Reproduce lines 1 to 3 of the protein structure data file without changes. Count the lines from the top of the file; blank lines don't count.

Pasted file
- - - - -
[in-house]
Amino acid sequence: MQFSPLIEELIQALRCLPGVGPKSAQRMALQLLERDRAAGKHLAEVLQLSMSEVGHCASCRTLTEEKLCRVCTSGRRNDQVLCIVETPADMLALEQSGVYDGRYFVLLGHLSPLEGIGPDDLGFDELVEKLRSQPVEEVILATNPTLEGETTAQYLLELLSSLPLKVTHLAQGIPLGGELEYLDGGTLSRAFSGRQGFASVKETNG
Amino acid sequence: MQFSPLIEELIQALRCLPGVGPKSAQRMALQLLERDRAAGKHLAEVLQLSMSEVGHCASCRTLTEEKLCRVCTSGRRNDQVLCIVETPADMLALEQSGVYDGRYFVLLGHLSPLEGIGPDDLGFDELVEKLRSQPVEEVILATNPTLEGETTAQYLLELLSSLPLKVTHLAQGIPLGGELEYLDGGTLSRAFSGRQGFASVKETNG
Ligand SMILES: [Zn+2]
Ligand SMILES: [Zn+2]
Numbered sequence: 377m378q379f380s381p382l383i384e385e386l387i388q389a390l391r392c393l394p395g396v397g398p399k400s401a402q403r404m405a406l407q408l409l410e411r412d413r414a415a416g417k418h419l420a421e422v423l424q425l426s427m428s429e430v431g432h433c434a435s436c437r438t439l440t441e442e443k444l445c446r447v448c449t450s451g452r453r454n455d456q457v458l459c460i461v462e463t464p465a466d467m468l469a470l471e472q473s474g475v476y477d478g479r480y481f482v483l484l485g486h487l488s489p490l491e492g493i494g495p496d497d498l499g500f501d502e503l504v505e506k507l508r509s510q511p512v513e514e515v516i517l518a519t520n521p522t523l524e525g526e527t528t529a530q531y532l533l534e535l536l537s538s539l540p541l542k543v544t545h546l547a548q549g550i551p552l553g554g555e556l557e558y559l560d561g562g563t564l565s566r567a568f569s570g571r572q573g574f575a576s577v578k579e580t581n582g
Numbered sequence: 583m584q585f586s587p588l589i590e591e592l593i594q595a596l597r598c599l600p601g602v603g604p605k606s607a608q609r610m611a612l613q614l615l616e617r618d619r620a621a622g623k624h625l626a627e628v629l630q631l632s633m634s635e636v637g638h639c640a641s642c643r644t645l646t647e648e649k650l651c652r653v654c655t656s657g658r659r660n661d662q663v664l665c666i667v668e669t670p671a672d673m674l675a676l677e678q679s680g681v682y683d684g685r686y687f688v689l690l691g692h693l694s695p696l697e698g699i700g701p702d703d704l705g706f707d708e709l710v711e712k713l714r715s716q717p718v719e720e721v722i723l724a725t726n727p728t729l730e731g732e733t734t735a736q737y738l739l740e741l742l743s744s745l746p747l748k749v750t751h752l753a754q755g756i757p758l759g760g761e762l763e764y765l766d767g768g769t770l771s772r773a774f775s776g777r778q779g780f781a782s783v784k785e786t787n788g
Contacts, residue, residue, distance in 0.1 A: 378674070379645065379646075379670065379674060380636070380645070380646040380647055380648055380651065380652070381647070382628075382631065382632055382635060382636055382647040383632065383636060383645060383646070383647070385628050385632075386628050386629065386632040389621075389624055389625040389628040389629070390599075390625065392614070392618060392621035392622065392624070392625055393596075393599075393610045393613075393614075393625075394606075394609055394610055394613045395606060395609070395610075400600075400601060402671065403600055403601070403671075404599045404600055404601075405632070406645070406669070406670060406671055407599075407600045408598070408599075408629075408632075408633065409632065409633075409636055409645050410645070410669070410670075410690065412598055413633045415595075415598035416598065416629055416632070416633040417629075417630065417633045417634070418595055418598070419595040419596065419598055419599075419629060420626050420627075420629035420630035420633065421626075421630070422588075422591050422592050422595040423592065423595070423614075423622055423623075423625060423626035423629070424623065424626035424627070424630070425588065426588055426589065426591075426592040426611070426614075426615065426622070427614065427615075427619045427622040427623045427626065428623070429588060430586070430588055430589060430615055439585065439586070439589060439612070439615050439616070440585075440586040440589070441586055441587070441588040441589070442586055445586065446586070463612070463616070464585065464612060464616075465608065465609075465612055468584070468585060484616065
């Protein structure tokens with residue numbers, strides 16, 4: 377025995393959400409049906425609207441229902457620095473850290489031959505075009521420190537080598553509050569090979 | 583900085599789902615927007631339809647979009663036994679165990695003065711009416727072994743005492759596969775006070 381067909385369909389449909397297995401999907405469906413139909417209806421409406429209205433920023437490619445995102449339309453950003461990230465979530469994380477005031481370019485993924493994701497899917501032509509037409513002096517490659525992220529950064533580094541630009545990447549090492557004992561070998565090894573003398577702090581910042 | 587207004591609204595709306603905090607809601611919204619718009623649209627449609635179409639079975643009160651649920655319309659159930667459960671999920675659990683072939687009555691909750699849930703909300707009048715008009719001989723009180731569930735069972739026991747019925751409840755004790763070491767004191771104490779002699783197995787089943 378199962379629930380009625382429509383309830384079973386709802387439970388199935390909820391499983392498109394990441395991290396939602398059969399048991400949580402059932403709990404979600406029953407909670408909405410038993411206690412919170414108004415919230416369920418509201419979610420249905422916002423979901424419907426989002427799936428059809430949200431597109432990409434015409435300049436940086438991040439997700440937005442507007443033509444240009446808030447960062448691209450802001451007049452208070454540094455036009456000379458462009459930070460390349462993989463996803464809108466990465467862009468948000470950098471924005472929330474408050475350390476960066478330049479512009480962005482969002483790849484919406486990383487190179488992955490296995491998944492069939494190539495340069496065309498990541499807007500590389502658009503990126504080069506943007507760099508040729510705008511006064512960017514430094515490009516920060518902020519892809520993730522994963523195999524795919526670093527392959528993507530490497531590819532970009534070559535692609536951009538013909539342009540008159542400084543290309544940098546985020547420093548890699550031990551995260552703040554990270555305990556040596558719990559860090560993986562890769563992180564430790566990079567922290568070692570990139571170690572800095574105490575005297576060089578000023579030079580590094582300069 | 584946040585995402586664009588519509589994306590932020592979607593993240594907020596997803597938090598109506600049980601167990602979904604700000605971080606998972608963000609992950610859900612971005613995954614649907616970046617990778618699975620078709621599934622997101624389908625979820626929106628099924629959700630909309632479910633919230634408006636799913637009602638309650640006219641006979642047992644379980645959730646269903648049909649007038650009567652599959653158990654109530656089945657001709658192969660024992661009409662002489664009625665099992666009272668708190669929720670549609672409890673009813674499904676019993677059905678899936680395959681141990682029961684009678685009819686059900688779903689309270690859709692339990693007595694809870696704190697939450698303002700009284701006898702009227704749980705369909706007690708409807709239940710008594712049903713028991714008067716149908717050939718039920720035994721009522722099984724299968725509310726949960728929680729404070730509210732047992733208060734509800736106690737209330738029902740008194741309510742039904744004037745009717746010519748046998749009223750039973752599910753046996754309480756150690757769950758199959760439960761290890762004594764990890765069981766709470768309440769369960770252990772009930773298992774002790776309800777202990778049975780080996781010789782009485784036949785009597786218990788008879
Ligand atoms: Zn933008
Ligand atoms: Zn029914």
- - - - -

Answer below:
[in-house]
Amino acid sequence: MQFSPLIEELIQALRCLPGVGPKSAQRMALQLLERDRAAGKHLAEVLQLSMSEVGHCASCRTLTEEKLCRVCTSGRRNDQVLCIVETPADMLALEQSGVYDGRYFVLLGHLSPLEGIGPDDLGFDELVEKLRSQPVEEVILATNPTLEGETTAQYLLELLSSLPLKVTHLAQGIPLGGELEYLDGGTLSRAFSGRQGFASVKETNG
Amino acid sequence: MQFSPLIEELIQALRCLPGVGPKSAQRMALQLLERDRAAGKHLAEVLQLSMSEVGHCASCRTLTEEKLCRVCTSGRRNDQVLCIVETPADMLALEQSGVYDGRYFVLLGHLSPLEGIGPDDLGFDELVEKLRSQPVEEVILATNPTLEGETTAQYLLELLSSLPLKVTHLAQGIPLGGELEYLDGGTLSRAFSGRQGFASVKETNG